Tracked on Dec 6, 2004 11:48:40 PM

» The war on terminology from locussolus
Yglesias writes about the need for a new term to describe the war on terror, focusing at first on the word war in a comparison with the term Cold War, but then on the word terror and the way it seems on its face to refer even to ETA and other nonintern... [Read More]

Tracked on Dec 7, 2004 1:24:30 AM

» On War, Terror, and the Destructiveness of Phrases from Kermit the Blog
Matt Y. brings up the importance of challenging terminology. As has been said before, but is worth repeating, talking about the "War on Terror" after 9/11 is somewhat akin to talking about the "War on Carrier-based Aircraft" after Pearl Harbor.... [Read More]

Tracked on Dec 7, 2004 8:04:11 PM

Comments

You are either with the ETA or against the ETA. Because you are not against the ETA, you are with the ETA.

Posted by: Dan the Man | Dec 5, 2004 2:01:13 AM

Sure, I got your term right here:

Campaign.

A campaign is more than a battle, more than a war. It's a set of actions taken together to attempt to defeat an opponent. A political campaign includes grassroots action, high-level fundraising, advertising, media spin, etc. all coordinated for the purpose of electing one person to an office.

A campaign against terrorism includes military action, financial work, public relations, education, police work, and a whole bunch of other stuff that people who do this for a living should figure out--all to attempt to radically reduce the effects of terrorism on our daily lives.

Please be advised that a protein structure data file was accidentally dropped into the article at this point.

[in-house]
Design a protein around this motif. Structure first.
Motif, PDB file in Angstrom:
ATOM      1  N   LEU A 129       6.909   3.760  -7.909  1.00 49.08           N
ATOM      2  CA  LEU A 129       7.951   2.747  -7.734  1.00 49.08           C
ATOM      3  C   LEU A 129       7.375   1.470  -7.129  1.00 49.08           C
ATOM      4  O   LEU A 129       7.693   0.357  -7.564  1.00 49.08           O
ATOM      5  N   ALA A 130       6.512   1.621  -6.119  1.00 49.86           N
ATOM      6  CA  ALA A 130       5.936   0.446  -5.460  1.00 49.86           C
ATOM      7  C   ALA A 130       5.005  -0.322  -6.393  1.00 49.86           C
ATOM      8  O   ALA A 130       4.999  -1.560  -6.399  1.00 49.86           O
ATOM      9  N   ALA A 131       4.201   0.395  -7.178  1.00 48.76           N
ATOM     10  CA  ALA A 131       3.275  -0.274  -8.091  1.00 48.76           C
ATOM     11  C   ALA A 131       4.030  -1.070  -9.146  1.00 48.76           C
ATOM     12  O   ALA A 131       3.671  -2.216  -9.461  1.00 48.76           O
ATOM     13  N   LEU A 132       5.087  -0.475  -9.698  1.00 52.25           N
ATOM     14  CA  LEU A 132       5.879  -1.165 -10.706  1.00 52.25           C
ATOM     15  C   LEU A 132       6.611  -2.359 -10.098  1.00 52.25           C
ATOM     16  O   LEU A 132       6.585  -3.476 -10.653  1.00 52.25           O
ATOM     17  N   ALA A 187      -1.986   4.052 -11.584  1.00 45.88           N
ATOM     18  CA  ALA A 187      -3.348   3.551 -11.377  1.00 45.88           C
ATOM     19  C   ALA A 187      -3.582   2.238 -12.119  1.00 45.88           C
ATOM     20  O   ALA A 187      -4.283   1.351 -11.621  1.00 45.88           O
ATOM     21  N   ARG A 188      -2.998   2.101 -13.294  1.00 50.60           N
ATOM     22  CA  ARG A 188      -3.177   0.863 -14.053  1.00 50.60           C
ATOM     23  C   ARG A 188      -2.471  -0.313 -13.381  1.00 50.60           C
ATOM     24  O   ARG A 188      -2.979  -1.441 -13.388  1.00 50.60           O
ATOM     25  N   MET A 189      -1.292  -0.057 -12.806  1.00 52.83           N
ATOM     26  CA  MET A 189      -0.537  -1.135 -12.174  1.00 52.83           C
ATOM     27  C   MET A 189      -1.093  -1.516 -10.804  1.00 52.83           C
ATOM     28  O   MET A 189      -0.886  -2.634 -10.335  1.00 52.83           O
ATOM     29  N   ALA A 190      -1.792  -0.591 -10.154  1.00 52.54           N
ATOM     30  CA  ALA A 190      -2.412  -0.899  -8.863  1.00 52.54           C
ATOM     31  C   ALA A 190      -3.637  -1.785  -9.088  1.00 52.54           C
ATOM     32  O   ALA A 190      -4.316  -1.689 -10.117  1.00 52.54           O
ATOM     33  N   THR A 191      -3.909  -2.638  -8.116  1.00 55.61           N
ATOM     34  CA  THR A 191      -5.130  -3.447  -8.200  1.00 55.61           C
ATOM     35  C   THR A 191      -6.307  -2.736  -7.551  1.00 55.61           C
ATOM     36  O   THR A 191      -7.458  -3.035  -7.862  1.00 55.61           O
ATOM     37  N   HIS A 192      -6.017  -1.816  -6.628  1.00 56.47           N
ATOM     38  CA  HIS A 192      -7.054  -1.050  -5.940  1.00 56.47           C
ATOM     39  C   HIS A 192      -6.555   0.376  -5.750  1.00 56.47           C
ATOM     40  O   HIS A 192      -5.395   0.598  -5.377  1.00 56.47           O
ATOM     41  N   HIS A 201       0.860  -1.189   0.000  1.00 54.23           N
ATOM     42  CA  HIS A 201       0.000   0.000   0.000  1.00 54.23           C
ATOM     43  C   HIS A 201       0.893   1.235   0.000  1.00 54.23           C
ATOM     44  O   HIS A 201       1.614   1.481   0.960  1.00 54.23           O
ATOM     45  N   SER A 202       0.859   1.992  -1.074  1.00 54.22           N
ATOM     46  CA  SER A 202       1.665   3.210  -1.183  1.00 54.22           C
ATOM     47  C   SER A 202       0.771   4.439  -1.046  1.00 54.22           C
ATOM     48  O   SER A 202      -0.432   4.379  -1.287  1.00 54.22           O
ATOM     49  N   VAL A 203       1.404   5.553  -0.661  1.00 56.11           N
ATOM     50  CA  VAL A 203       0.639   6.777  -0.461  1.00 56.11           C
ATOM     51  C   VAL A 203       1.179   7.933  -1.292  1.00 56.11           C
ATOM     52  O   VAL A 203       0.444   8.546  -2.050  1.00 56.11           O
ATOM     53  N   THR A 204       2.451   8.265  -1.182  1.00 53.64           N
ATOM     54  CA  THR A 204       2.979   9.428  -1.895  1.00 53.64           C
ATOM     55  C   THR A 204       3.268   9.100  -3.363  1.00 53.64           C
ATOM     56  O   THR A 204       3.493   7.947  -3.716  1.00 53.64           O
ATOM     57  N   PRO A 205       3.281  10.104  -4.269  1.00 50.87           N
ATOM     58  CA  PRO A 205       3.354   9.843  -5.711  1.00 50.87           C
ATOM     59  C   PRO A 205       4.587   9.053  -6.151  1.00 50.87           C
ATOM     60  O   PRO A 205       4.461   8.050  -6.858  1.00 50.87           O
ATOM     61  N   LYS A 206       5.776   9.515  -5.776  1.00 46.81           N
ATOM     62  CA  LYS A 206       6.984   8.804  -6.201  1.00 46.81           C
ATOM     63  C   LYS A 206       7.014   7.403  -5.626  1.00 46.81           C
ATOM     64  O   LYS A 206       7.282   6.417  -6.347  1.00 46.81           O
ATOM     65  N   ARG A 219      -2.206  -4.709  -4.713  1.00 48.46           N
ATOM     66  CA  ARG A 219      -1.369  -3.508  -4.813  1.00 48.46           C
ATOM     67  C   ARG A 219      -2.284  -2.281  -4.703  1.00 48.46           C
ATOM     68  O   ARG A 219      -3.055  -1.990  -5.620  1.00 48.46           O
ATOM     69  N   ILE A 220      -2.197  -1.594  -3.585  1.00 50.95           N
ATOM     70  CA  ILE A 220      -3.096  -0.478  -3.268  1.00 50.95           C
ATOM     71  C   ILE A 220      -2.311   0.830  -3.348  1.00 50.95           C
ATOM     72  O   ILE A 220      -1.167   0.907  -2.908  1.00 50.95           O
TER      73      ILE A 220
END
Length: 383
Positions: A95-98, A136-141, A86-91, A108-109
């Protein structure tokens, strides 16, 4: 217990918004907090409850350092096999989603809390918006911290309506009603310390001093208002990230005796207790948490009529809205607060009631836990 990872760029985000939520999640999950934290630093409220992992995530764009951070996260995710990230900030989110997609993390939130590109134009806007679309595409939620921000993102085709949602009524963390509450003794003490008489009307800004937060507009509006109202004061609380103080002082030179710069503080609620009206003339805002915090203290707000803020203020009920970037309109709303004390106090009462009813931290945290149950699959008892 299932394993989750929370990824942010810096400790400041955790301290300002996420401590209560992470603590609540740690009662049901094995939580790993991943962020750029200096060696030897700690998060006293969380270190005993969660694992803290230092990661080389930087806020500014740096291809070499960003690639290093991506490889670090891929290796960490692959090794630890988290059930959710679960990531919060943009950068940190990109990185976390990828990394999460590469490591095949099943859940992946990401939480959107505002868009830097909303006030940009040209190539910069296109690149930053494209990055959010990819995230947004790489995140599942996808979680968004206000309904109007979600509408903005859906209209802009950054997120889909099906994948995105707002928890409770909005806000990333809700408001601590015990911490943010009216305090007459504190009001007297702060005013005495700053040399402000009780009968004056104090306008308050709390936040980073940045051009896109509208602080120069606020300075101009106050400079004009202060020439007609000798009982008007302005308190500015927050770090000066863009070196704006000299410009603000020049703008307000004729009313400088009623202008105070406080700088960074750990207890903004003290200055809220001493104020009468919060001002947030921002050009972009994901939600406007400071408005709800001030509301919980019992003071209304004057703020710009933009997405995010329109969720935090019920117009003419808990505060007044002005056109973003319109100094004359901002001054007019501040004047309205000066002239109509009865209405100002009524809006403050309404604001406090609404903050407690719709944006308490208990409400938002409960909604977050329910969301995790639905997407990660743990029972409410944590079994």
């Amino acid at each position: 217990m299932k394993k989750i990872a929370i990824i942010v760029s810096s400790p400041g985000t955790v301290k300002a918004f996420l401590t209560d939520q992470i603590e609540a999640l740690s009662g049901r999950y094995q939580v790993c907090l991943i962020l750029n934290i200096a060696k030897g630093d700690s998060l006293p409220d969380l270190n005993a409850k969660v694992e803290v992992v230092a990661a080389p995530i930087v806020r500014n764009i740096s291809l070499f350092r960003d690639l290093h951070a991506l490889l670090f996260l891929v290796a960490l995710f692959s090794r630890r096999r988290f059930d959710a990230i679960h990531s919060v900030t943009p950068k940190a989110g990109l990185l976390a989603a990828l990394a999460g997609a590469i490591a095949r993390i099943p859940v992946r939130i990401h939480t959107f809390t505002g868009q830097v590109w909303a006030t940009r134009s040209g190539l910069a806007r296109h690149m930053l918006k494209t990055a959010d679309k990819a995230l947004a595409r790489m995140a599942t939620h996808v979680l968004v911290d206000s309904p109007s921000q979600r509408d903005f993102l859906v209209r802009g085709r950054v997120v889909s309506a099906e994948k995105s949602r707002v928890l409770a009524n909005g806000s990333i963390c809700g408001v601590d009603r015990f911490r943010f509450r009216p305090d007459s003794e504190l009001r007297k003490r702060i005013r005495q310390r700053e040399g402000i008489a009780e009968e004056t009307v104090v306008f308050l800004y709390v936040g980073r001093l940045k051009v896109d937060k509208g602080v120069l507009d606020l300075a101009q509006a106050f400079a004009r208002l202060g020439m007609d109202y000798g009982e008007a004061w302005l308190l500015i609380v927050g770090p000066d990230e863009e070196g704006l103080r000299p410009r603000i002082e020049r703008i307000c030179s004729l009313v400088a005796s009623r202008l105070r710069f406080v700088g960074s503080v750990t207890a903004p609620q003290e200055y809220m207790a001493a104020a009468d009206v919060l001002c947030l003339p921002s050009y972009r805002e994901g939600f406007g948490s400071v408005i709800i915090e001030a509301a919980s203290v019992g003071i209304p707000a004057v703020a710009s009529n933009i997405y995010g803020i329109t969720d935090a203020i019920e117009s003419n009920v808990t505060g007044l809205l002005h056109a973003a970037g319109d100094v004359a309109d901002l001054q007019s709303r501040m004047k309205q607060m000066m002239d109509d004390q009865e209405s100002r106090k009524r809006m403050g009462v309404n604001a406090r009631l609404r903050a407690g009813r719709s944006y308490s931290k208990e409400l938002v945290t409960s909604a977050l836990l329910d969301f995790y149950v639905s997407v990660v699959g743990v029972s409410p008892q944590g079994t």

Not as sexy as "war," but I think it fits the bill jes' fine.

Posted by: Dan | Dec 5, 2004 2:25:52 AM

It's called the War on Terror because our leadership is to afraid to name the enemy. That's why our goals are muddled.

Another example of how we are sending mixed signals is by analyzing the causes of Muslim hatred. Why would we do this? Are Muslims terrorists? Shouldn't we be more narrow, analyzing why the terrorists hate us? This is important for two reasons: 1) The terrorists hate us for different reasons than everyday Muslims, and 2) we don't want to get Americans thinking that Muslims are the enemy and thus putting us on the road to genocide.

Both establishment liberals and conservatives have been talking around the issue for the last three years. The blogosphere has had the best thoughts on the issue.

The enemy is clear: radical Islam. The solution is clear: a twin strategy of killing radical Islamists intent on killing non-Muslims, and attempting to discredit radical Islam in the long term by offering better alternatives to the Muslim(especially Arab) masses.

Posted by: Adam Herman | Dec 5, 2004 2:38:10 AM

Dan,

How about this: The Campaign. It sort of falls in line with The Terrorists.

Posted by: KC | Dec 5, 2004 2:42:13 AM

So Adam, what about radical christians?
Were supposed to let them hide in our midst and organize their radical agenda to enslave us?

Posted by: ladder | Dec 5, 2004 3:09:09 AM

KC,

Sure, that works. The idea of "the terrorists" as if they were one giant group of people with one coherent aim is kind of ridiculous, though. It's not "the terrorists" we're after. It's terrorism. Our goal should be to eliminate terrorism as a means of advancing a particular political or social agenda. Lots of different groups use terrorism as that means; if we made it (economics, here) more costly (not just in monetary terms) to use it than to use other means, then we've started to win.